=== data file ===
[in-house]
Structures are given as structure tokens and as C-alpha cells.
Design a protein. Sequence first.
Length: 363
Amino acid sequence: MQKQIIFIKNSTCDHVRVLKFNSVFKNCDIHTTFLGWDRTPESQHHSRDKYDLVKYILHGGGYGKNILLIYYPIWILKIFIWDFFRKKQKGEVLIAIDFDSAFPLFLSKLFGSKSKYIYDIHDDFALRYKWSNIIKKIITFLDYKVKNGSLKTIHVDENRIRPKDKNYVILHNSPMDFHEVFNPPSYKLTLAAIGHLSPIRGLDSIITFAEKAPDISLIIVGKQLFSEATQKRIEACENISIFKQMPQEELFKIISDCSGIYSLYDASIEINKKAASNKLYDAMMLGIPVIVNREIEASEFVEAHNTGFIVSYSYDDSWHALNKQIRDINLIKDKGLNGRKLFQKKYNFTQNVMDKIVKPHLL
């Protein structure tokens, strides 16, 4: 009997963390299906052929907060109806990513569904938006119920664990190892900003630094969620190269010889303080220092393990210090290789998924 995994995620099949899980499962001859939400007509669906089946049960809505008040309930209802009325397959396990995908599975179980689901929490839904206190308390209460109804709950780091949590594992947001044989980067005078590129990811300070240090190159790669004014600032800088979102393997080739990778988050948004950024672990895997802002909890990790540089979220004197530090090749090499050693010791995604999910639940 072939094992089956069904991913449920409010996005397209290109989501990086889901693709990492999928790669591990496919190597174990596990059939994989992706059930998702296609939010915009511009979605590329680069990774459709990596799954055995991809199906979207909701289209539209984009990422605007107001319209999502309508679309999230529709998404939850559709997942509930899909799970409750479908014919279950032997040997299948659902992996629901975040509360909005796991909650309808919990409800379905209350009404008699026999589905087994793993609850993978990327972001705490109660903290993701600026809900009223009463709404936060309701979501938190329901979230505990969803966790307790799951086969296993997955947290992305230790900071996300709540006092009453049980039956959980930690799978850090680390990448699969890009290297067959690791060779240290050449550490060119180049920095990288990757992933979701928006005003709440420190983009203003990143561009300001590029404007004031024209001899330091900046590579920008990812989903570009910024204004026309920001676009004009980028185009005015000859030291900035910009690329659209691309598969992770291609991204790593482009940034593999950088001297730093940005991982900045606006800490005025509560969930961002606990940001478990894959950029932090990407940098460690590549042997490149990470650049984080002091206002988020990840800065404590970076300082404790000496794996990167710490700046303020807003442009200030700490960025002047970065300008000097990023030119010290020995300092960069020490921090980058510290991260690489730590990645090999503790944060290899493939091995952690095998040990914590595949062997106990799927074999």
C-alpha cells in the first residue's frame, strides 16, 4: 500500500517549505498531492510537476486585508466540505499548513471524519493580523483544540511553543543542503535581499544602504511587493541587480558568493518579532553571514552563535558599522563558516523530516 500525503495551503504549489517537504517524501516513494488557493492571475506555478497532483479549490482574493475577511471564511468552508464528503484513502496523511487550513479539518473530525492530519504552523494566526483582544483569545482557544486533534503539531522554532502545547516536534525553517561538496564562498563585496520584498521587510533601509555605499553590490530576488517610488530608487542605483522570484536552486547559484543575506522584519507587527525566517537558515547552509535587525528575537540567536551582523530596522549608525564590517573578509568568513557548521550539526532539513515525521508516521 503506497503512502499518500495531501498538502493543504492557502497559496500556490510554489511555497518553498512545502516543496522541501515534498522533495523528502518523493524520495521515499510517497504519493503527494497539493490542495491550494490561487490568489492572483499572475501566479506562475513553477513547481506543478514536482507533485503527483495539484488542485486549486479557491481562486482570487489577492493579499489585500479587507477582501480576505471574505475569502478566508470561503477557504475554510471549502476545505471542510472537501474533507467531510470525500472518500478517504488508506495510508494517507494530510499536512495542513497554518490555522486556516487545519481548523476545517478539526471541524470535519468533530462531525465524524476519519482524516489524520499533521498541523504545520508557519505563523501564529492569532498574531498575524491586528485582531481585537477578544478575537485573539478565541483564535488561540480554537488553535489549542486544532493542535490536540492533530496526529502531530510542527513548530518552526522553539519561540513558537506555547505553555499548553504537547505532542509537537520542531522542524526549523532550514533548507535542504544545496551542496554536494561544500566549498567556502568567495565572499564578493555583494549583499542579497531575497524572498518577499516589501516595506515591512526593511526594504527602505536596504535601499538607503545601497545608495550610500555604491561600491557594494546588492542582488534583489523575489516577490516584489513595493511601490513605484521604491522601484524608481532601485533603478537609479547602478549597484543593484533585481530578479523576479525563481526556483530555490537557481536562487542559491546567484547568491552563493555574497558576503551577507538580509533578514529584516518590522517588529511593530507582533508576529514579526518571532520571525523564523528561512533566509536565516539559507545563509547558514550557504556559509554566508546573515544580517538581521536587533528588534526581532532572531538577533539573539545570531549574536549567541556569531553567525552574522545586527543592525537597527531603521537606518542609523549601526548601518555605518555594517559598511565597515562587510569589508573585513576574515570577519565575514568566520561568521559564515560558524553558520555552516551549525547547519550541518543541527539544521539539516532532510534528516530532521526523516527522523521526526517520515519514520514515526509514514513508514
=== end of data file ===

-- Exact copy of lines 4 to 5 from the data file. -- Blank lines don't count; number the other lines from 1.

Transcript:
Length: 363
Amino acid sequence: MQKQIIFIKNSTCDHVRVLKFNSVFKNCDIHTTFLGWDRTPESQHHSRDKYDLVKYILHGGGYGKNILLIYYPIWILKIFIWDFFRKKQKGEVLIAIDFDSAFPLFLSKLFGSKSKYIYDIHDDFALRYKWSNIIKKIITFLDYKVKNGSLKTIHVDENRIRPKDKNYVILHNSPMDFHEVFNPPSYKLTLAAIGHLSPIRGLDSIITFAEKAPDISLIIVGKQLFSEATQKRIEACENISIFKQMPQEELFKIISDCSGIYSLYDASIEINKKAASNKLYDAMMLGIPVIVNREIEASEFVEAHNTGFIVSYSYDDSWHALNKQIRDINLIKDKGLNGRKLFQKKYNFTQNVMDKIVKPHLL